Fur real? Real fur trim sold as 'faux'

24 July 2018 - 10:32 By Wendy Knowler
Products advertised as faux fur were tested by a fibres expert and found to be rabbit‚ mink‚ fox‚ raccoon dog and cat.
Products advertised as faux fur were tested by a fibres expert and found to be rabbit‚ mink‚ fox‚ raccoon dog and cat.
Image: 123rf.com/Maksim Toome

Remember when Woolworths hastily recalled a range of girls’ T-shirts on discovering that the fluffy bits on them weren’t so-called faux fur‚ as labelled‚ but rather real animal fur?

That was two weeks before Christmas‚ and the retailer‚ which has a no-animal fur policy‚ was mortified.

“We would like to sincerely apologise to our customers for this disappointing incident‚” the retailer said at the time. “Our supplier purchased trims from a third party‚ based on our synthetic specifications‚ and did not test whether the fibre was synthetic or from animal fur.”

It turns out the passing off of real fur as fake or “faux”‚ as the clothing industry refers to it‚ has been happening on a wide scale.

A British parliamentary inquiry was initiated after a series of reports on Sky News revealed that major British retailers were mis-selling real animal fur as synthetic.

Products advertised as faux fur were tested by a fibres expert and found to be rabbit‚ mink‚ fox‚ raccoon dog and cat.

Sky News was invited to give evidence in parliament about its findings along with major retailers found to be selling the real fur items‚ including House of Fraser‚ Missguided and Boohoo.

Global brand Missguided was found to be selling a pair of pink not-quite kitten heeled sandals with pom-poms made of cat fur.

The brand is sold in South Africa by online retailer Superbalist.

All the retailers fingered by the Sky investigation as fur sellers‚ said they had strict no-fur policies and would never knowingly mislead customers. The offending items were immediately withdrawn from sale when the broadcaster told the retailers of their findings.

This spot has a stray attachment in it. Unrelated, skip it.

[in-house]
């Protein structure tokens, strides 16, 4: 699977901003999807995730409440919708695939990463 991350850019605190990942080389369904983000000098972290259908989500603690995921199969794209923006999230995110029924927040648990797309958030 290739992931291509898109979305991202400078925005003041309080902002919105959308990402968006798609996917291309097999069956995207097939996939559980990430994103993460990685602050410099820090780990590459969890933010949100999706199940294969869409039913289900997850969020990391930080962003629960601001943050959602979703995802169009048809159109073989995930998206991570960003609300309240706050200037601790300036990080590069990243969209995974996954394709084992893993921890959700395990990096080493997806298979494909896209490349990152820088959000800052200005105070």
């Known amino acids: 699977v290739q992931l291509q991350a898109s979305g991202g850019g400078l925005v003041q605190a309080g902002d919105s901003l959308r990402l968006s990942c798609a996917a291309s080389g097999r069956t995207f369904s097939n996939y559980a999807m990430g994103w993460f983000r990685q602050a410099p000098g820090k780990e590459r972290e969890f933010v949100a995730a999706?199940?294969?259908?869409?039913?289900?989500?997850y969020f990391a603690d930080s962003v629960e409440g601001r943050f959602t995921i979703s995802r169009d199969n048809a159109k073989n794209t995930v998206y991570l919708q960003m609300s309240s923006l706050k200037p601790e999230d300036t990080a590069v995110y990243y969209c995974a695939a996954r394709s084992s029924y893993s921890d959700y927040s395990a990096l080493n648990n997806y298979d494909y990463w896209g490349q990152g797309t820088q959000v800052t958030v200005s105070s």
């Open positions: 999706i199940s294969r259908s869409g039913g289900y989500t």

The parliamentary committee's report‚ published at the weekend‚ reveals that many retailers told them there had been a lack of knowledge about why a supply chain would be contaminated with real fur and that it had only come to light with the Sky News inquiry.

That’s because the fraudulent contamination of products usually involves suppliers substituting or adulterating a genuine product with a fake one‚ to make a fatter profit‚ not the other way round.

But in this case‚ China’s shocking disregard for animal rights - fur trade animals kept in tiny cages‚ then electrocuted and skinned alive - makes for a supply of cheap animal fur.

TimesLIVE asked several South African retailers what steps they take to ensure that the “faux fur” on the jackets‚ sandals‚ boots‚ gloves‚ hats and other accessories they sell is not‚ in fact‚ real fur.

Woolworths‚ unsurprisingly‚ given its fur recall of December‚ appears to have the most stringent fur checking practices in place.

A spokesman for the retailer‚ whose current “faux fur”-trimmed offerings include a pair of pink sandals similar to Missguided’s‚ said all its suppliers had been contacted after that recall‚ “reminding them of our policies governing animal welfare”.

“We now conduct visual checks of all backings to ensure they are warp knitted‚ not leather‚ and we do a visual check of the fibres‚ as real fur fibres taper at the end and synthetic fibres are the same thickness throughout.

“We then conduct a burn test on our faux fur fibres to check the odour and burn characteristics of fibre. If there is still concern or doubt about the source of the fibre‚ items are sent for formal fibre analysis testing at independent laboratories.

“We also conduct random product due diligence which includes testing of items from stores to ensure adherence of production.”

Online clothing retailer Zando said: “We trust our brands which are selling products to us‚ and do not do any further testing on our side. As for our own private label brand‚ Utopia‚ we are 100% sure that we don't sell fur as faux fur.”

Lezell Peter‚ Spree’s merchandising and sourcing manager‚ said the online retailer had a strict anti-fur policy and would not deliberately buy or sell real fur products.

“Spree buyers are championed to be hyper vigilant about detecting real fur that is passed off as faux fur‚ and we have adapted our buying processes of faux fur products to combat any chance of being misled by suppliers.

"We feel strongly about partnering with anti-fur community agents to eliminate the supply of real fur products into the marketplace.”

The Foschini Group (TFG) confirmed that the faux fur used on all apparel and accessories sold at Foschini‚ both in their stores and online‚ is “definitely faux”.

“As a responsible retailer‚ we are not complacent about conscious fashion‚” said Bev Pallet‚ Foschini’s head of business. “Our customers can rest assured that our rigorous quality assurance processes ensure that this kind of product (animal fur) will not be sold in our stores.”

How to tell if it’s real fur:

  • Real fur strands taper at the ends‚ whereas faux fur strands are the same width from end to end.
  • Real fur’s base is an animal pelt whereas faux fur’s base is fabric mesh.
  • If you cut off a few strands of the fur and burn it‚ real fur smells like burnt hair.       - Source: Ed Winters‚ co-founder of UK animal rights group Surge